e asked chefs from around the country to “share their most delicious recipes for August’s most prolific vegetables,” said the editors of Food & Wine. Here are two of the best.
Yellow Squash Soup With Scallion Salad
Chef Champe Speidel of Persimmon, Bristol, R.I.
1 tbsp unsalted butter
1 lb small yellow squash, cut into 1-inch pieces
2 fresh bay leaves
1½ cups low-sodium chicken broth
1½ cups water
6 scallions, white and tender green parts only
1 tbsp plus 1 tsp extra-virgin olive oil
1 cup buttermilk
Salt and freshly ground white pepper
¾ cup finely grated Manchego cheese (2 oz)
1 cup grape tomatoes, quartered
1 tbsp minced tarragon
1 tbsp minced flat-leaf parsley
¼ cup finely diced peeled cucumber
1 tsp lemon juice
In saucepan, melt butter. Add yellow squash and bay leaves; cook over moderate heat 8 minutes. Add broth and water; bring to boil. Simmer until squash is tender. Preheat grill pan. Rub scallions with 1 teaspoon oil; grill over high heat, turning occasionally, until lightly charred, 5 minutes. Let cool; cut into ½-inch pieces. Transfer to bowl. Transfer squash and ½ cup of broth to blender (discard bay leaves). Purée soup; blend in buttermilk. Season with salt and pepper. Keep warm or refrigerate until cold.
Heat nonstick skillet over moderate heat. Spoon twelve 2-inch-wide mounds of Manchego into skillet; cook over moderate heat until browned on bottom. Off heat, flip cheese crisps. Return to heat; cook until browned. Transfer crisps to rack and let cool. Add tomatoes, tarragon, parsley, cucumber, lemon juice, remaining 1 tablespoon oil to scallions; toss. Season salad with salt and pepper. Ladle soup into bowls; garnish with scallion salad. Serve warm or chilled with cheese crisps. Serves 6.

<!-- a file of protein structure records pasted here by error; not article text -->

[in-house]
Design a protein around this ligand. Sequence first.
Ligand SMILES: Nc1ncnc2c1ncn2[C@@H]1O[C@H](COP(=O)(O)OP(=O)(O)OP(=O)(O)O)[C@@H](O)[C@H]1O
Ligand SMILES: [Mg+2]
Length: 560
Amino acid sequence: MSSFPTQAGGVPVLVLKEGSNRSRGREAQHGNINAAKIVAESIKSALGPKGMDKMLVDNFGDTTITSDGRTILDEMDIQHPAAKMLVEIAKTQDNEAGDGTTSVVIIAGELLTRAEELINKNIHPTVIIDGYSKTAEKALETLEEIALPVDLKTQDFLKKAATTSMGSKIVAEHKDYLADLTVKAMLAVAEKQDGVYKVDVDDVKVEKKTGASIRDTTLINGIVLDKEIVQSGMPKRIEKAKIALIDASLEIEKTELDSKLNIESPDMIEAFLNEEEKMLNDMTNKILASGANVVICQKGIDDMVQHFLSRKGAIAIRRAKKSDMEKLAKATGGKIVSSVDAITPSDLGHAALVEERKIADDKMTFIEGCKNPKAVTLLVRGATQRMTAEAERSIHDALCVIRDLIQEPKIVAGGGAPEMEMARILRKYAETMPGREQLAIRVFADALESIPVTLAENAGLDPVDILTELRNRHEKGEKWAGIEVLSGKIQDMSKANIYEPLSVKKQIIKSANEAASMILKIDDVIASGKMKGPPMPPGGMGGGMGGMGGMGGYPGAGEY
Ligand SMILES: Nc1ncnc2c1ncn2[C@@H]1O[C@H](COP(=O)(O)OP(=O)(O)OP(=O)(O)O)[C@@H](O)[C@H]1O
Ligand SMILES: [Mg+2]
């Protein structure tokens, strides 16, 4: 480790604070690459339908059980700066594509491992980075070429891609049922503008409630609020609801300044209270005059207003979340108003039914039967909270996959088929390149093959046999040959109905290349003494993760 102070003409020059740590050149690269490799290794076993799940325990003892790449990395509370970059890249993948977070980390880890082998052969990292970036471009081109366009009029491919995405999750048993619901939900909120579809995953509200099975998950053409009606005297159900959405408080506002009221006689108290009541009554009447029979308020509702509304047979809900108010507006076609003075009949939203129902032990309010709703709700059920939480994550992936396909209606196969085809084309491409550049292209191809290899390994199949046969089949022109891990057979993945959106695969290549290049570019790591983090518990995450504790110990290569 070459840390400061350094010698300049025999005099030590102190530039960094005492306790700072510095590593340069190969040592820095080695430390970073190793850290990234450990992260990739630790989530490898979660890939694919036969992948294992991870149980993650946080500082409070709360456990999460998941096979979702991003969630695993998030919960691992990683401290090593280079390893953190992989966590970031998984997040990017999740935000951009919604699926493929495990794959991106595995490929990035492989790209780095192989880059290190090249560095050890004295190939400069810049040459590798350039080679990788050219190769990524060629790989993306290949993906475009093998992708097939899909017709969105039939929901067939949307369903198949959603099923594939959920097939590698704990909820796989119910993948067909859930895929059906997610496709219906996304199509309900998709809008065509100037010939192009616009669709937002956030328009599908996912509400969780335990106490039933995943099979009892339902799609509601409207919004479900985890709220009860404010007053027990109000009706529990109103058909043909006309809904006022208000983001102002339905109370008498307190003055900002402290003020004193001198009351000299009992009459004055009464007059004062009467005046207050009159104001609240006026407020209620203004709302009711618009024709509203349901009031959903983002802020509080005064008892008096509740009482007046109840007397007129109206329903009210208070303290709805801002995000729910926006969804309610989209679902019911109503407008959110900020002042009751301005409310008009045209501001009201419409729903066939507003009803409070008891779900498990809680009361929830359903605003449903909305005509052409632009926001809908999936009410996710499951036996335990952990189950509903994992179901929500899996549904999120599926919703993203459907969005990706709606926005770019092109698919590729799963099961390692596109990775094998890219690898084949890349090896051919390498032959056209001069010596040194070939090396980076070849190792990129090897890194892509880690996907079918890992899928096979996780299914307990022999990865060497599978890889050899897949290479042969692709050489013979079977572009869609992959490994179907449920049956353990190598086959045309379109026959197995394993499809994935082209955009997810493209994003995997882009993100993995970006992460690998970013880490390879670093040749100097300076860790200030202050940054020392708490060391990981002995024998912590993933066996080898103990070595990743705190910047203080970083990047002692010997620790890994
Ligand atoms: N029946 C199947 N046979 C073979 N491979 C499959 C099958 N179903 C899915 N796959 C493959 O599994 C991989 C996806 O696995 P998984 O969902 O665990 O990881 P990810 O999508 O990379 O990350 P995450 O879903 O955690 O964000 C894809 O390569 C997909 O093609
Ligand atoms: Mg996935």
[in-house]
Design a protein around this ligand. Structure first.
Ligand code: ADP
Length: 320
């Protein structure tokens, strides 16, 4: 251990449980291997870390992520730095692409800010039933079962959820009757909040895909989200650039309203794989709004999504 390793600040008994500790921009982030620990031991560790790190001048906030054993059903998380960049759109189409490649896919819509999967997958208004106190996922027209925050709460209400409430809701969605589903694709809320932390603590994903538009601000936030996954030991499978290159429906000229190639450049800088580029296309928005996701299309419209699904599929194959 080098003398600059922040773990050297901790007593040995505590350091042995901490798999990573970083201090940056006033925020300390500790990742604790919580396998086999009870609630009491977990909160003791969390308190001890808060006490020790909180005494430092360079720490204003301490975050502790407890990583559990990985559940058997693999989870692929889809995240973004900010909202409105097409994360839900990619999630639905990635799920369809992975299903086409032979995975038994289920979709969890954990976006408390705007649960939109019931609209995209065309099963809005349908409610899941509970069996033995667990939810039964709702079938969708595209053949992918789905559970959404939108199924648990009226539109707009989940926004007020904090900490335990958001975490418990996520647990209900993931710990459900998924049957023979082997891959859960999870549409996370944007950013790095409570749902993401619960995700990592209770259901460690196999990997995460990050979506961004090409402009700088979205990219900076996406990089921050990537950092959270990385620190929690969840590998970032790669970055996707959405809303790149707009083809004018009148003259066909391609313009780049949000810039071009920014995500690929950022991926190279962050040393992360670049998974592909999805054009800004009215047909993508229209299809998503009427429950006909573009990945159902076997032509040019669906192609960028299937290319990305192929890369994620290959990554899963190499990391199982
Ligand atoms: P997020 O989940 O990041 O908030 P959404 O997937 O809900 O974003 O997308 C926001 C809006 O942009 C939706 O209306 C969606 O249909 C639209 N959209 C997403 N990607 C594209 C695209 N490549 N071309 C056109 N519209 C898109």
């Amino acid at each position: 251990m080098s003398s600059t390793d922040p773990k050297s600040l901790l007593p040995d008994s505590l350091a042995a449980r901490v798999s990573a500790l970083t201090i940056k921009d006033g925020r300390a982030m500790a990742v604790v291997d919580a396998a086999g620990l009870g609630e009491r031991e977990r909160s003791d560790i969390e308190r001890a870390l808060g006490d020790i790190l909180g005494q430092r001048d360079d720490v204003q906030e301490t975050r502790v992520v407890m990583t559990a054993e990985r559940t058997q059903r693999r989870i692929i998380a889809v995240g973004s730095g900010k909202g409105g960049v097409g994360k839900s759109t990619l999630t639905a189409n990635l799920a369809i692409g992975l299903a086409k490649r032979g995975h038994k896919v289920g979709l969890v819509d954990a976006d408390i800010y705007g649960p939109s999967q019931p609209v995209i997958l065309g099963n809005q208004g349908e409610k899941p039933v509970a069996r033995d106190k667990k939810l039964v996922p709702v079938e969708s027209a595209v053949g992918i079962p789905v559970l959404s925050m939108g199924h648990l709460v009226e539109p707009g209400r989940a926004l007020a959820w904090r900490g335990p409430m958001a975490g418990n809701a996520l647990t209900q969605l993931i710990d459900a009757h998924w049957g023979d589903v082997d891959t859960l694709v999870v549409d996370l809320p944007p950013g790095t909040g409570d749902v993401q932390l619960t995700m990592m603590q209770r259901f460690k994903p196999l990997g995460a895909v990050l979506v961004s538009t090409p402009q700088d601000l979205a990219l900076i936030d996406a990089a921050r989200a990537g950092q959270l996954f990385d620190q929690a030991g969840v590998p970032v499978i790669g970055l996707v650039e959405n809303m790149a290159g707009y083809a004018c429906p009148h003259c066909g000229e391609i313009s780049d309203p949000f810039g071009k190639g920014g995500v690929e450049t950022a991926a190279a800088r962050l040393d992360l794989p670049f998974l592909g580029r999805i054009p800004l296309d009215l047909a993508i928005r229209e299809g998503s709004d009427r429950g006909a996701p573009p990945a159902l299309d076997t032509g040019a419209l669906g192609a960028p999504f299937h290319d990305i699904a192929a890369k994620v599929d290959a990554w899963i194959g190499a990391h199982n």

Japanese Spiced Eggplant
Chef Allen Susser of Chef Allen’s, Aventura, Fla.
Togarashi is a chili-powder-based condiment, available in Asian
supermarkets and specialty shops.
1½ lbs large Japanese eggplants, cut crosswise 1-inch thick
Togarashi, for sprinkling
¼ cup canola oil
¼ cup Asian sesame oil
2 tbsp mirin (rice wine)
2 tbsp low-sodium soy sauce
Lightly sprinkle eggplants on both sides with togarashi. In very large skillet, heat 2 tablespoon each of canola and sesame oils until shimmering. Add eggplant; cook over moderately high heat until browned on bottom, 4 minutes. Brush eggplant with remaining canola and sesame oil. Turn; cook until deeply browned on bottom and tender. Add mirin and soy sauce to skillet. Turn eggplant; cook until glazed, 1 minute. Transfer to platter, sprinkle with more togarashi, and serve. Serves 4.
THE WEEK'S AUDIOPHILE PODCASTS: LISTEN SMARTER
- 31 TV shows to watch in 2014
- 14 wonderful words with no English equivalent
- Why atheism doesn't have the upper hand over religion
- He said he was leaving. She ignored him.
- Why would a young person today be religious?
- Why Easter is so important to Christians
- Wounded in Boston, two brothers endure
- There's a number of reasons the grammar of this headline could infuriate you
- 10 things you need to know today: April 20, 2014
- 7 ways to quickly become a master at anything
Subscribe to the Week